Two Co-Parents Are At Odds About When Kids Should Be Allowed To Order Adult Meals
According to dad, his ex-wife even once weighed the children after returning from his care.
Most parents are shocked by the amount of food such tiny kids can inhale into their mouths. Snack after snack, meal after meal — these kids can sometimes seem like bottomless pits. This can be especially true when they are growing.
One dad on Reddit is wondering if he feeds his son too much after battling it out with his ex-wife when it comes to portion sizes.
“My 9-year-old son has started to ask for adult meals when taken out for food,” he said in the original Reddit post in the r/Parenting SubReddit thread. “For example, he asked for a Big Mac meal when he was last at McDonald’s.”
He goes on to explain that he trusts his son’s hunger level when he expresses it and lets him eat however much he wants. “I have been buying him whatever he asks for food wise, as I simply do not want to have to deal with him being upset — and at any rate, I was eating adult meals at his age. He was also bought an adult meal by his stepfather before I'd even thought of allowing him to have one.”
He noted that he doesn’t mind the cost or amount of food. However, his ex-wife does have an issue with it.
“When finding out what I was ordering for our son, she criticized me at length on WhatsApp for it,” he revealed.
Things took a turn for the worst over the holidays when the dad took his sons to his family’s place for Christmas.
“I chose to take them to spend it with my family. During this time we were bought a couple of takeaways as a treat, among other things. The 9 year old didn't leave a scrap of food at any point, other than some pizza crusts,” he wrote.
After returning the boys back to their mom as per her demand, she messaged the dad on Whatsapp and revealed that she had weighed the boys upon their return, noting they had “put on a substantial amount of weight.”
“Neither boy is even close to an unhealthy weight,” he remarked.
According to dad, the former couple have always “clashed” when it comes to deciding on portion sizes for their sons. He revealed that he never felt like his ex gave the two kids enough food.
“They used to often complain about being hungry. The older boy even resorted to smuggling bags of crisps. At the time I didn’t feel able to openly go against my ex as she was known for criticizing me loudly to her friends, and even over social media, if I went against her,” he wrote.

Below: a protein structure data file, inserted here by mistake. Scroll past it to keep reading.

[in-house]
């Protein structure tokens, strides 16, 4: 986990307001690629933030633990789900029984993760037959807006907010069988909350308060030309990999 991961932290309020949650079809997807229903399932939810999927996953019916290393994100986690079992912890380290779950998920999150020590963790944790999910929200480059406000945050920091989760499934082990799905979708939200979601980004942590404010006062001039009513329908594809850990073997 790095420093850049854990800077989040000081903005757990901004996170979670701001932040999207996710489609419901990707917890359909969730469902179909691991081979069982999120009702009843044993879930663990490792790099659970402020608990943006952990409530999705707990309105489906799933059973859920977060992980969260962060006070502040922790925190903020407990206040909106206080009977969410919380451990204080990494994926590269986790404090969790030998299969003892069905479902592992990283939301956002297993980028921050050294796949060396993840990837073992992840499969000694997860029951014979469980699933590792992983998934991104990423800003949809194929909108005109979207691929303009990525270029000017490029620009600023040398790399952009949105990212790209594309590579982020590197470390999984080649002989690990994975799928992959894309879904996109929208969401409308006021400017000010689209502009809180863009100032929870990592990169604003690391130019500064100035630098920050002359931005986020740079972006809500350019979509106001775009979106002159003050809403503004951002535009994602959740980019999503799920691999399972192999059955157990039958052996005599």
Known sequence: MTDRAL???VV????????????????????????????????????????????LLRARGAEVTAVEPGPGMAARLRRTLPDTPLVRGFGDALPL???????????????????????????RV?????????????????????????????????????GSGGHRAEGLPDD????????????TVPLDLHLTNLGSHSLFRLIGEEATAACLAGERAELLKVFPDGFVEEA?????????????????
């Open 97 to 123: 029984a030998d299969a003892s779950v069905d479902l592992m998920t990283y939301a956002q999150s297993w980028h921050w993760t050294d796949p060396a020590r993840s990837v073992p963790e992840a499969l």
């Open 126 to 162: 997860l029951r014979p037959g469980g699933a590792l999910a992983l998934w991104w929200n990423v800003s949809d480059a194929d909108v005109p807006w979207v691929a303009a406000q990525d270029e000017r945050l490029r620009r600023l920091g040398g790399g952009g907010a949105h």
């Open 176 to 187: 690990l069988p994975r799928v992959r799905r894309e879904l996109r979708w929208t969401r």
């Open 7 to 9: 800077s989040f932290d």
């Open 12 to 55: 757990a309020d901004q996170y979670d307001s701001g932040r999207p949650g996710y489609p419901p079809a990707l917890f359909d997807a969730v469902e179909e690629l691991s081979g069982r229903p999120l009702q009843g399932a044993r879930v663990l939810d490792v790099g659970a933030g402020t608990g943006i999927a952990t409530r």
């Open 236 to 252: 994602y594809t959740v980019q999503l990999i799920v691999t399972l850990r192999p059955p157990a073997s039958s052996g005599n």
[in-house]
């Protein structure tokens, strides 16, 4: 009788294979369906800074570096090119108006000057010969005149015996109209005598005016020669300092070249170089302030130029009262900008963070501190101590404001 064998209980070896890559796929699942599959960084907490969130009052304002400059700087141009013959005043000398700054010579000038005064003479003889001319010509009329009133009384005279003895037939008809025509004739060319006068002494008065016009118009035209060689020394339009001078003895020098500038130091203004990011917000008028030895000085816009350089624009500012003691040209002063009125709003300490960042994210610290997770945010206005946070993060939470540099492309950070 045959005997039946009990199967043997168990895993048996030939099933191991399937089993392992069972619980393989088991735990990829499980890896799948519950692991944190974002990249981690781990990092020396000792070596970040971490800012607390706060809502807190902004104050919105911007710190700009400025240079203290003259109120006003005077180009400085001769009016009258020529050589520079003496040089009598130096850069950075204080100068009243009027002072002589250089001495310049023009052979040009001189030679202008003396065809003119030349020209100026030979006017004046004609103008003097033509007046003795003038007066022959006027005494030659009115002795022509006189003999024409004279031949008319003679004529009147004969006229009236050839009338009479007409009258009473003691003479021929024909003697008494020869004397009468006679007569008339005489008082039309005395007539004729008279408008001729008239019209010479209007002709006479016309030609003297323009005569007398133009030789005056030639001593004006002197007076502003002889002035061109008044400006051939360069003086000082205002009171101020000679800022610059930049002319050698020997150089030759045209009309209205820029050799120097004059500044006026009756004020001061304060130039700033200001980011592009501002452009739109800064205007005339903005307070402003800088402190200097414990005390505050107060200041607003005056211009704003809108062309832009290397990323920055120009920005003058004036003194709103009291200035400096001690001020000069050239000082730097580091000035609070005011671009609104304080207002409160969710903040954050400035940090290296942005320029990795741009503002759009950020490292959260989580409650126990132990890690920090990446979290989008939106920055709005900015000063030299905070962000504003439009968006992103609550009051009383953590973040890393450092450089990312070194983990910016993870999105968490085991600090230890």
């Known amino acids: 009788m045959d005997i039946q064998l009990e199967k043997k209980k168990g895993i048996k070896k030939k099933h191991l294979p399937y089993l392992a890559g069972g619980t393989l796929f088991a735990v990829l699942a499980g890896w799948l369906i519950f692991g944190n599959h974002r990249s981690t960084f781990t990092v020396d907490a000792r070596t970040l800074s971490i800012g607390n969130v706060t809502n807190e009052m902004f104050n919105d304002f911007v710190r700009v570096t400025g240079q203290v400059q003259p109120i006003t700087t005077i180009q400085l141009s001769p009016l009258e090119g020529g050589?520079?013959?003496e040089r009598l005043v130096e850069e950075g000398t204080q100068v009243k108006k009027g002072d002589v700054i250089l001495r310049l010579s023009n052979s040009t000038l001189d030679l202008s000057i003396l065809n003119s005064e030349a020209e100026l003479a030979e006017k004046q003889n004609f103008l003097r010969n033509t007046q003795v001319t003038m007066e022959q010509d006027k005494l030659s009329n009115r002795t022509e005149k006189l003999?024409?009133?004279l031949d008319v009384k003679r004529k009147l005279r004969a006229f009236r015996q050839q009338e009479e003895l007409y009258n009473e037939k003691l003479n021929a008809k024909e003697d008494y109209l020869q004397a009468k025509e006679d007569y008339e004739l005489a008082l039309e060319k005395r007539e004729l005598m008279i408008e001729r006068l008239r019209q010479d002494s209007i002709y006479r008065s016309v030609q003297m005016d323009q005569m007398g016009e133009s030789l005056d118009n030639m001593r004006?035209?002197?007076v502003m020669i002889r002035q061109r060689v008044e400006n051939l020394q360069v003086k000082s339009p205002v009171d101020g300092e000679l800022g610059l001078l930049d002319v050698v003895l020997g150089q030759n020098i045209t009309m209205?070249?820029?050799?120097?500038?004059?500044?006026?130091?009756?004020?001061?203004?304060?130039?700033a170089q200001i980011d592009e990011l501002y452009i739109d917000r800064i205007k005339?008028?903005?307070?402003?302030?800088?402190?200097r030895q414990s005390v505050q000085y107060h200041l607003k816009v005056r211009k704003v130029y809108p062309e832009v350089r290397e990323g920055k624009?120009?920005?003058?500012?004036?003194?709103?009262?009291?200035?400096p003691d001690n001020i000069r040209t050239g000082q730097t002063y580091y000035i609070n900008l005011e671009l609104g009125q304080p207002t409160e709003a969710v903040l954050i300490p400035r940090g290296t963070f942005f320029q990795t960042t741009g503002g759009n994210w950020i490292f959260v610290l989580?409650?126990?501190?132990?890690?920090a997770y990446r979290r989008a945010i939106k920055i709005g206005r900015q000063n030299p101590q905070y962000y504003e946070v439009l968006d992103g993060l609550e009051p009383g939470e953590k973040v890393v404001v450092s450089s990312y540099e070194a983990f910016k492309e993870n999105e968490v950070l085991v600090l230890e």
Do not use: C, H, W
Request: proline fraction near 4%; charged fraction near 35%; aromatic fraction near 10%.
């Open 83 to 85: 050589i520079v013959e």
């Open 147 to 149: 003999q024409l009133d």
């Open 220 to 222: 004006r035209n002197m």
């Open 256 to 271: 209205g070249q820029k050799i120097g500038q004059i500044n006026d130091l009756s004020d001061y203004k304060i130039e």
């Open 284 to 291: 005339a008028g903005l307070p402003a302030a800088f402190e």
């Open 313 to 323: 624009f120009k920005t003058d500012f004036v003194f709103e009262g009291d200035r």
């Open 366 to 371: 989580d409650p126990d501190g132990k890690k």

He concludes, looking for advice from fellow Reddit users, “My family and I don't think I have done anything wrong, but given how seriously my ex seems to be taking it, I'm wondering if I should be more assertive and insist the 9 year old has a child's portion.”
The majority of the responses surrounding the worried dad with support, noting that kids eat a lot sometimes and that’s okay. Several were concerned for the children living with a mom who may be creating a toxic eating environment.
“If your child is taking to hiding food, then it is clear your ex is creating an unhealthy environment as it relates to food. Conversations about listening to your body, stopping when you are full, healthy balance of food, etc are important, but at the end of the day, if the kids are otherwise healthy they, should be able to eat whatever amount they need to be full (generally speaking),” one user wrote.
Another echoed at how shocking and alarming it is that the mom is weighing the children. “Weighing your kids the minute they get home to see if they gained weight during the holidays is an insane and unhealthy thing to do, and it needs to stop at once,” another commenter said.
Another user noted that this dad’s ex-wife may have some eating issues of her own. “Sounds like your ex has an obsession over weight. This is really upsetting and it’s not healthy for children to grow up around that. She should seek therapy. Also, I think it’s pretty normal for a 9 year old to eat an adult portion. Sometimes my 2 year old eats a larger portion of spaghetti Bolognese than me!” they wrote.
Read the entire Reddit thread here.